Natur- und Biowissenschaften, Medizin
Elucidation of the intra- and intermolecular electron transfer mechanism of a new cellulose degrading enzyme system
BOKU, Wien, TU Berlin
01.01.2013 - 01.01.2016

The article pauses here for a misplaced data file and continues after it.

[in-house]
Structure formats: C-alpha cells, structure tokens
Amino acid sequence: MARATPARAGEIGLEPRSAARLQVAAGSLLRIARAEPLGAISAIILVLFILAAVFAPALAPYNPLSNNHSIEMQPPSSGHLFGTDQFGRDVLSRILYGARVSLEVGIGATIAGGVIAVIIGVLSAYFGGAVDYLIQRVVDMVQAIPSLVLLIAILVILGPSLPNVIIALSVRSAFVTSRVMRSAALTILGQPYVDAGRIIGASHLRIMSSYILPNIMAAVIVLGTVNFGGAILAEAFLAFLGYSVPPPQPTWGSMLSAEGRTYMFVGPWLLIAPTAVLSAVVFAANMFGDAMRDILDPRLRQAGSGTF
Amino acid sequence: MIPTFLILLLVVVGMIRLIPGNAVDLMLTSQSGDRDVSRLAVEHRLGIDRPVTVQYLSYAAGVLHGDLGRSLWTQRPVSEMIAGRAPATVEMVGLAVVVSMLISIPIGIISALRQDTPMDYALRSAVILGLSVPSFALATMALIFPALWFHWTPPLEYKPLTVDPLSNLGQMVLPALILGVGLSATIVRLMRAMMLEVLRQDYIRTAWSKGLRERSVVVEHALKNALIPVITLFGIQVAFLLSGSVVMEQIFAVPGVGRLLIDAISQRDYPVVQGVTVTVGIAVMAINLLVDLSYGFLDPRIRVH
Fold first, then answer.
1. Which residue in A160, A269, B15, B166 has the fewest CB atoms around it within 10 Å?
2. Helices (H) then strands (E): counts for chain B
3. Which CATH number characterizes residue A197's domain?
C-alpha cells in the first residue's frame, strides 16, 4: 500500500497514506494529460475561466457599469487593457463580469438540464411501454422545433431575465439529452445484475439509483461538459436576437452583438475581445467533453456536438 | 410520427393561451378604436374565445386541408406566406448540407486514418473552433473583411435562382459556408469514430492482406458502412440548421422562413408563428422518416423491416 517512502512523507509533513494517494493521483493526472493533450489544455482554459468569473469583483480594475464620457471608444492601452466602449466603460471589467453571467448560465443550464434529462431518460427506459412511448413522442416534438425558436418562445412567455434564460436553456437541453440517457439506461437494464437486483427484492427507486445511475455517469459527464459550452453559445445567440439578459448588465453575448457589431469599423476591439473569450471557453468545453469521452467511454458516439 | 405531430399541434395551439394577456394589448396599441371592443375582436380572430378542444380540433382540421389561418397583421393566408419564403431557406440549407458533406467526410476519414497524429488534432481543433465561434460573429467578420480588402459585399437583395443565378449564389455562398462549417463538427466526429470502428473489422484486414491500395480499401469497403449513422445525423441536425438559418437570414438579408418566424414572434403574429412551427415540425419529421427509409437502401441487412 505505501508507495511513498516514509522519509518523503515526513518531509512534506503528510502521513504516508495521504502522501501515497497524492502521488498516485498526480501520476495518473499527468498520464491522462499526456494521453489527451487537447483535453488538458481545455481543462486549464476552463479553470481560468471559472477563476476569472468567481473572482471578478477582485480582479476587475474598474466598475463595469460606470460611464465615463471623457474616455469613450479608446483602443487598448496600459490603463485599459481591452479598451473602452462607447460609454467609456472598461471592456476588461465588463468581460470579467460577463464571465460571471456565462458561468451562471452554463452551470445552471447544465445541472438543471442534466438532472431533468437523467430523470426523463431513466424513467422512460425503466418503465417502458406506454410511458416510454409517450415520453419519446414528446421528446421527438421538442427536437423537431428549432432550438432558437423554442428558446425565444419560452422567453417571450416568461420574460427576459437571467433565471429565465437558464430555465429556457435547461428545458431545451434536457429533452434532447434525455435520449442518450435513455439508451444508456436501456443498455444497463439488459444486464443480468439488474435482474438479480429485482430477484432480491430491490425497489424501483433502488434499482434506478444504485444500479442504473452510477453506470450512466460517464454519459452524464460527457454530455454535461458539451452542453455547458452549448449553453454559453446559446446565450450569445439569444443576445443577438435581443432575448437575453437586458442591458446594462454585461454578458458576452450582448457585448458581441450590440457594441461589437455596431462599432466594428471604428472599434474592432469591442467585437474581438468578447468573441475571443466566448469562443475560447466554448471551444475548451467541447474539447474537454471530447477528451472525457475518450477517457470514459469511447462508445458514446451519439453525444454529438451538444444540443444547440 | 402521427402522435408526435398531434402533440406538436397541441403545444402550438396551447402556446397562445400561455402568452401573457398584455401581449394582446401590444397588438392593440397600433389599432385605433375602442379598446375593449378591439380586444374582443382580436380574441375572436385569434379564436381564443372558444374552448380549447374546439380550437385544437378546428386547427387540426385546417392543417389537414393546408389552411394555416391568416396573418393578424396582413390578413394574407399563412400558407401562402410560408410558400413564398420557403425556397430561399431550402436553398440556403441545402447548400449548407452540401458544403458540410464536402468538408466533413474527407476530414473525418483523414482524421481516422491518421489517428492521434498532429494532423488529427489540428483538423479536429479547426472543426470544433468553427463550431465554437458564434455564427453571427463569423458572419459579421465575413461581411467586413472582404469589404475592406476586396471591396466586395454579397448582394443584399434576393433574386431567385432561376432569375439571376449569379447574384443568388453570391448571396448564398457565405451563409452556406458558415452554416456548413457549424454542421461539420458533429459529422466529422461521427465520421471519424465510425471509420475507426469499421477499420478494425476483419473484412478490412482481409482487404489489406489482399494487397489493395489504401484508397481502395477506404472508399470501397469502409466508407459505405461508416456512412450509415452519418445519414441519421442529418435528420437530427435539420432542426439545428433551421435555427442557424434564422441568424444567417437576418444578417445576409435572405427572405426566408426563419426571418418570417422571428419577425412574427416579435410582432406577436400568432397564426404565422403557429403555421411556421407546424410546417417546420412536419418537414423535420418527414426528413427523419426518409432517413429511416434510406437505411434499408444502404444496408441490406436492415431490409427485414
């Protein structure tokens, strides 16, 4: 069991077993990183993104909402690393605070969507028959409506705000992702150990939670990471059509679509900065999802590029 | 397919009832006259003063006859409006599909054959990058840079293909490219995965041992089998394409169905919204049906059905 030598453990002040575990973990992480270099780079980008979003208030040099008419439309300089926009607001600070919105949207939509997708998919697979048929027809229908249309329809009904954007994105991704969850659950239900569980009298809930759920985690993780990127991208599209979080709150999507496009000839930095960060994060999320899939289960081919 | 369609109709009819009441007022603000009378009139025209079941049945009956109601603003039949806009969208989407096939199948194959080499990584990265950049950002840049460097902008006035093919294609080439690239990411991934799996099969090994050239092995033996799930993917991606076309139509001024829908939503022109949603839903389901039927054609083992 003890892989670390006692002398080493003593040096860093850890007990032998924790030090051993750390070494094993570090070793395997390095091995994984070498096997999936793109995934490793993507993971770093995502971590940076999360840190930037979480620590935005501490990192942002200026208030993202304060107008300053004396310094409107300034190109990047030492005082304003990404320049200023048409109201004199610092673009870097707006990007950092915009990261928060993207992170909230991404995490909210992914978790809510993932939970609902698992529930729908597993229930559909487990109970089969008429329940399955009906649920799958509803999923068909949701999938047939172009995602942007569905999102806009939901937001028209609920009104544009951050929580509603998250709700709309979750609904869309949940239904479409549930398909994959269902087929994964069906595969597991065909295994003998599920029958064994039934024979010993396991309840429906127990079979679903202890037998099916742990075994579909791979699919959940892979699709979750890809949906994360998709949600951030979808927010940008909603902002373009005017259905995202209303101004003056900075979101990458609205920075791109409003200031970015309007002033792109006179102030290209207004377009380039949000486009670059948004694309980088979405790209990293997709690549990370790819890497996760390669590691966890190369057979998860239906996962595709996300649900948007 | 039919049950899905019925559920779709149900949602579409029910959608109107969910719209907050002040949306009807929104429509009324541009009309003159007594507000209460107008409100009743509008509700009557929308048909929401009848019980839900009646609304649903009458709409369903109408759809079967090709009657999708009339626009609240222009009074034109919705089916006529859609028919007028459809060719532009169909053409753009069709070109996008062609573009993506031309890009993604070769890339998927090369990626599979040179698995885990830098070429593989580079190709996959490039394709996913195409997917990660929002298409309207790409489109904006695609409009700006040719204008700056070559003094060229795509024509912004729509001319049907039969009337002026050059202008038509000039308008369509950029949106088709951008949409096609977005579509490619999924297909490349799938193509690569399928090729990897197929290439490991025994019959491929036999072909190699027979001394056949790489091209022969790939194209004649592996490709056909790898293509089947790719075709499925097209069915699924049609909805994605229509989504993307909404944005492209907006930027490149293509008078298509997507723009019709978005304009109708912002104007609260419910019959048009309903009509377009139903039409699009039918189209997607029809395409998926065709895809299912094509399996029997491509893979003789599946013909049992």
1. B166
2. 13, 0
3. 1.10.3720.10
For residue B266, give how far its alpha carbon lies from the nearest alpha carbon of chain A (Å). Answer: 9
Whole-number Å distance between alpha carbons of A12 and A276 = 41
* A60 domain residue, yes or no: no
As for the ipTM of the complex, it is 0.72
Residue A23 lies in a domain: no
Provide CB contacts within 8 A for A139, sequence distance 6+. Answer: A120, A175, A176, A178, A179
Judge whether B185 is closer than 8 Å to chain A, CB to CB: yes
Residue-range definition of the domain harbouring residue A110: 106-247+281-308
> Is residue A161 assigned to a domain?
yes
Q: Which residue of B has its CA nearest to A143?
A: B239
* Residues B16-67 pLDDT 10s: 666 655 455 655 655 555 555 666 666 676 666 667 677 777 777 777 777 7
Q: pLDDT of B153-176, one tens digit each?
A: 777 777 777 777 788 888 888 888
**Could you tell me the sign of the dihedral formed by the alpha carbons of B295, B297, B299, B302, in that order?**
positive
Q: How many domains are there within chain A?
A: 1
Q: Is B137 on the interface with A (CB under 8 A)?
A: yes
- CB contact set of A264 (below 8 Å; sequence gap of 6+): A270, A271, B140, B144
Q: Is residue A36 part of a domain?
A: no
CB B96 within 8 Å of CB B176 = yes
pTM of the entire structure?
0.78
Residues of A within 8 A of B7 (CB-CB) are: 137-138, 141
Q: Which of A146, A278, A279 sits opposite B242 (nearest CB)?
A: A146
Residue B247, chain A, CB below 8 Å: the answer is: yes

A novel bi-enzymatic system, which assists cellulases in the degradation of cellulose has been recently identified in wood degrading fungi. Two oxidoreductases are involved: (a) Cellobiose dehydrogenase (CDH) is an extracellular flavocytochrome catalyzing the oxidation of β-1,4 linked cellobiose or higher cellodextrins. This reaction takes place at the dehydrogenase domain of CDH containing FAD as prosthetic group (DHCDH). In a ubsequent, intramolecular electron transfer step, the electrons are shuttled to a second domain (CYTCDH) containing a b-type heme. (b) Glycoside hydrolase family 61 (GH61) was classified according to its endo-1,4-α-D-glucanase activity. However, it was only recently shown that the elimination of the glycosidic bonds of cellulose is initiated by a monooxygenation step. The electrons required for this polysaccharide monooxygenase activity are provided by CYTCDHThe elucidation of this intermolecular electron transfer from the DHCDH via the CYTCDH to the copper enzyme GH61 is of highest importance to optimize this novel oxidative cellulolytic enzyme system for applications in the biofuel industry. The CDH/GH61 system has the capability to revolutionize the production of second generation biofuels from cellulosic energy plants. Increased efficiency and acceleration of the enzymatic hydrolysis process will boost the production of biofuels from non-food plants and result in a cost reduction of e.g.  bioethanol. The fundamentals of this oxidative cellulose degradation pathway, especially the electron transfer mechanism, have to be fully understood before applied research can develop and optimize industrial scale applications. This project focuses on the CDH and GH61 enzymes from the model organism Neurospora crassa. The main objectives are to: (i) elucidate the mechanism and regulation of this enzyme system by kinetic and thermodynamic interaction studies and (ii) study the structural paradigms of the intermolecular electron transfer. Heterologous expression of all enzymes has already been established in the yeast Pichia pastoris, which will serve as molecular engineering and expression platform. Engineering of the protein interfaces by site-directed mutagenesis and domain switching will be combined with state-of-theart analytical techniques to perform fast kinetic, electrochemical and calorimetric studies in solution. During six months of the thesis project, surface enhanced Raman spectroscopy will be performed in the renowned group of Peter Hildebrand at the Technical University of Berlin to study the intermolecular electron transfer on surfaces.